So, she walked around the car and continued to press the fob to unlock the car but it wouldn't work.  She had just decided that she would walk down to the house and call AAA to get into her car when the motorcycle returned.

Now, in my imagination, I have my mother dead and buried and on the 5 o'clock news but clearly, I am talking to her now so that didn't happen.

"Well, it turns out it was an off-duty Sheriff's deputy and he came back to check on me."  Thank you, universe.

One of my uncles was a California Highway Patrolman in the 1950's and he was killed in the line of duty.  It's one of the many losses that my mother's family endured.  With that, my mom has always had a soft spot for a man in uniform.

The deputy helped my mom unlock her car with the ACTUAL KEY instead of the fob.  I'd like to say this happened because she's in her eighties but it would have totally happened during any other time of her life.

This is where my mom tells me that she is convinced that the deputy was the reincarnate of her brother.  She said he looked the same as she remembered him, he had the same mannerisms, and it was like they just knew each other.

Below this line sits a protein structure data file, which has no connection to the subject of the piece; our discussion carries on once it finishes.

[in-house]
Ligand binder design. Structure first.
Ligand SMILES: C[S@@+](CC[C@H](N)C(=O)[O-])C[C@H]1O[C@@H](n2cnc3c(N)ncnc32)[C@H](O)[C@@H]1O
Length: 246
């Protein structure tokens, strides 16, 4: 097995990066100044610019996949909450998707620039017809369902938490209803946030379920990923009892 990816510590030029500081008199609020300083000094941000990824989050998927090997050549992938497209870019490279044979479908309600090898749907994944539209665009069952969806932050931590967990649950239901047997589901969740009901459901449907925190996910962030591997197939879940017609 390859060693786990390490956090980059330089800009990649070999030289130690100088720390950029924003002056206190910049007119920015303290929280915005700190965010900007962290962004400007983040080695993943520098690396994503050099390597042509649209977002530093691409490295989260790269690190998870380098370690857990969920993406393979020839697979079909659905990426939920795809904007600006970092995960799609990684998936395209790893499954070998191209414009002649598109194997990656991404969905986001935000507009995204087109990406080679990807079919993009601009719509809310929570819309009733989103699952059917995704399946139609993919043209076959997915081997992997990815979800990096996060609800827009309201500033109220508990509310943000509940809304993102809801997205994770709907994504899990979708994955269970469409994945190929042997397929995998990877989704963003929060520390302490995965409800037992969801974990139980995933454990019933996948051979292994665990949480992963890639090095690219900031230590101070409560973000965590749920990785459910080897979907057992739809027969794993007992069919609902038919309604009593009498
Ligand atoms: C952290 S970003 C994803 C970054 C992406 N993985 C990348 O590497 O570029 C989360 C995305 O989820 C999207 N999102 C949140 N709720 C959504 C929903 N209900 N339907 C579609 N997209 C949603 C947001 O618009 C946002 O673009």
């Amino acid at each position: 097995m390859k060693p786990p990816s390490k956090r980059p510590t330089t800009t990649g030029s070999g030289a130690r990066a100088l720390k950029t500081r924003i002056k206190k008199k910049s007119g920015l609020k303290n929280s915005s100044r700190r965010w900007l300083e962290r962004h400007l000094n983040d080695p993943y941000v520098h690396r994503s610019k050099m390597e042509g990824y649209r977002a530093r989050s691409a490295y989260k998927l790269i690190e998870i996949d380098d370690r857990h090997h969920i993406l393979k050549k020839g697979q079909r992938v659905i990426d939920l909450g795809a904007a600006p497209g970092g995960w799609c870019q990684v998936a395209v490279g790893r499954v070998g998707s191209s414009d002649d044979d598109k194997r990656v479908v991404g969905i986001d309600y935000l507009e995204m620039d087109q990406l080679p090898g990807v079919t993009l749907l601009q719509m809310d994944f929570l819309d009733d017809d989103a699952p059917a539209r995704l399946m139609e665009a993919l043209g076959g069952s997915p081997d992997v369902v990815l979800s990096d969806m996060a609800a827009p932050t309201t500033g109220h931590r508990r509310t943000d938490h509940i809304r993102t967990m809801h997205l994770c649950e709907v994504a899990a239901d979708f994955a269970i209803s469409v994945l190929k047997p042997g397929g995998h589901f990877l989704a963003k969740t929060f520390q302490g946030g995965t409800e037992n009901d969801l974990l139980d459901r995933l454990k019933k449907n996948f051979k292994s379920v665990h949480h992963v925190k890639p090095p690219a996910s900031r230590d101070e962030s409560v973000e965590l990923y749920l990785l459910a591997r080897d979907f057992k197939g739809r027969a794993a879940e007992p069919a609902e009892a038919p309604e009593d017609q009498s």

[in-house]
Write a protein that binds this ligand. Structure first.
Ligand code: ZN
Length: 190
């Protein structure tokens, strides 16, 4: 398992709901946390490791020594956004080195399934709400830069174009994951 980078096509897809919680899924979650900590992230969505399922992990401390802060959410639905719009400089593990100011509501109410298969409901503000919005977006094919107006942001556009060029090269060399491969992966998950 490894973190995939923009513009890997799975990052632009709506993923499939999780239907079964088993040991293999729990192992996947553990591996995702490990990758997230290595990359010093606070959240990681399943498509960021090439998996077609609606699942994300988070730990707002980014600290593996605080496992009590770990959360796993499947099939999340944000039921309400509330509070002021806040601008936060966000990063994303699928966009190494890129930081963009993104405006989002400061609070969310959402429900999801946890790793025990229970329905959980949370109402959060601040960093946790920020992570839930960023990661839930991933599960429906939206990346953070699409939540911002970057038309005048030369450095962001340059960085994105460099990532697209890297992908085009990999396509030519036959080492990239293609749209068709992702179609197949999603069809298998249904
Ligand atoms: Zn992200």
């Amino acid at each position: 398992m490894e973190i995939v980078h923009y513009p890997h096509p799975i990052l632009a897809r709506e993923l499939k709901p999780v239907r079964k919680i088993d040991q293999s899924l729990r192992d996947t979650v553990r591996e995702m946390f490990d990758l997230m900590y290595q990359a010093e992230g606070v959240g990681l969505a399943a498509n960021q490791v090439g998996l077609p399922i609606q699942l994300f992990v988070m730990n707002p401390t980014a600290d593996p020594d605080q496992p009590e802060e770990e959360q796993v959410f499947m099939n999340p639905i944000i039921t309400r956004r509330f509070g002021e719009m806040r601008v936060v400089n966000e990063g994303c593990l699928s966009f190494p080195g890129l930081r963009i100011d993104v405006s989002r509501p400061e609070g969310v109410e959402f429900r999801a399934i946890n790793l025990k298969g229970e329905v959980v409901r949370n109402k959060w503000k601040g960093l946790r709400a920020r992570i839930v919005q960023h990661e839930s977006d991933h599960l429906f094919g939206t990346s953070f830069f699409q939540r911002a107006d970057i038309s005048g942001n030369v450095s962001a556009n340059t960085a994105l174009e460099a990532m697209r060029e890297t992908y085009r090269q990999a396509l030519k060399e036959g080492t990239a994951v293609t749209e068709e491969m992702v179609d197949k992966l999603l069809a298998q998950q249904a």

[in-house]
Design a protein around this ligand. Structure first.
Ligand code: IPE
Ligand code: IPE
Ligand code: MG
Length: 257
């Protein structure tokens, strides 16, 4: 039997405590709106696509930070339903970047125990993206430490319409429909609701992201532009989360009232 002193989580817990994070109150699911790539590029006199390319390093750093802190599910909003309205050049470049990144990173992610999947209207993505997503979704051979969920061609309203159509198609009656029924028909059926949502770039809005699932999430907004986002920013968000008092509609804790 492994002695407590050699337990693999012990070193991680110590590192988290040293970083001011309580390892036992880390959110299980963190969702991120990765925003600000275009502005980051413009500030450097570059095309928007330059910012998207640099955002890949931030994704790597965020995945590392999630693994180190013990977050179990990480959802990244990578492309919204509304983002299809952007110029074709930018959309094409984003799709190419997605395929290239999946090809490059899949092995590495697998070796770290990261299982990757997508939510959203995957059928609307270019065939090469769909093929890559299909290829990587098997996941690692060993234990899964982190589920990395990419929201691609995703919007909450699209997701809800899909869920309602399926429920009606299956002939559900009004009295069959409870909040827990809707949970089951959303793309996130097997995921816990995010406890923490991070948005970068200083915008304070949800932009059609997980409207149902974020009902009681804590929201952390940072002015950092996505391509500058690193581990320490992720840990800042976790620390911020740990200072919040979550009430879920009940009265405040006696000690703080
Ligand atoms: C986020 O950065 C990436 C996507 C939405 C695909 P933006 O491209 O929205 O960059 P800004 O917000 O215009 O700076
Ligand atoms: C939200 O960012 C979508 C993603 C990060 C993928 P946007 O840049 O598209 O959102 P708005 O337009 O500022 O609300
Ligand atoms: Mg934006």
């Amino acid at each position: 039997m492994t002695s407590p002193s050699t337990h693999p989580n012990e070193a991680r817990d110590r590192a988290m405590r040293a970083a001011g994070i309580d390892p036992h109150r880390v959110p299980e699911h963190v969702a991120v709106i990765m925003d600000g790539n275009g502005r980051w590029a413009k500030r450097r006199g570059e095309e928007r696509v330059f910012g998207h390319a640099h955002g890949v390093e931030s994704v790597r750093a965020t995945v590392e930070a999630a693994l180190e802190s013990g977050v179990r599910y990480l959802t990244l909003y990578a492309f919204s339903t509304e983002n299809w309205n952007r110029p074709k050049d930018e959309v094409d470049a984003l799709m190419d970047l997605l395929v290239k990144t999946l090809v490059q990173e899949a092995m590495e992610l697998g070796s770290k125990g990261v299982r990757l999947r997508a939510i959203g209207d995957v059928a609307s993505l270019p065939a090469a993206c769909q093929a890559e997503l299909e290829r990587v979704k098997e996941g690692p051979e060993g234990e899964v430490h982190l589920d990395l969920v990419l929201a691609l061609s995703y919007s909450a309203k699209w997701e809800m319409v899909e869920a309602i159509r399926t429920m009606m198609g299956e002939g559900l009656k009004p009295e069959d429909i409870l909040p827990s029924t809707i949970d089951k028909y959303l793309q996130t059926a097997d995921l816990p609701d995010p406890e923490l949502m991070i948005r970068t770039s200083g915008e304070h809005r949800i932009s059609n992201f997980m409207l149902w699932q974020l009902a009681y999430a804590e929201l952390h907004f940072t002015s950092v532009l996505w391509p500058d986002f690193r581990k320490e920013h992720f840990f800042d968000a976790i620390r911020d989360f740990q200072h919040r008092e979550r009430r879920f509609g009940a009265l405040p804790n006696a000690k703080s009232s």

She offered him a hug and he accepted then he made sure she got into the car and waited until she was safely back at home.  (You can see their house from the main road)  She was so HAPPY about the encounter.  It was sweet yet kind of funny.

While writing this, I searched ancestry for a photo to attach to this post but there wasn't one.  I searched the google next and look what I found:

The California State Patrol honors fallen patrolman and two years ago (almost to the date) my uncle was honored.  There were 97 shares, 65 comments, and 857 likes.    This is one of those times where I love the internet. 

To my mom and the internet, Uncle Leonard is still alive and remembered.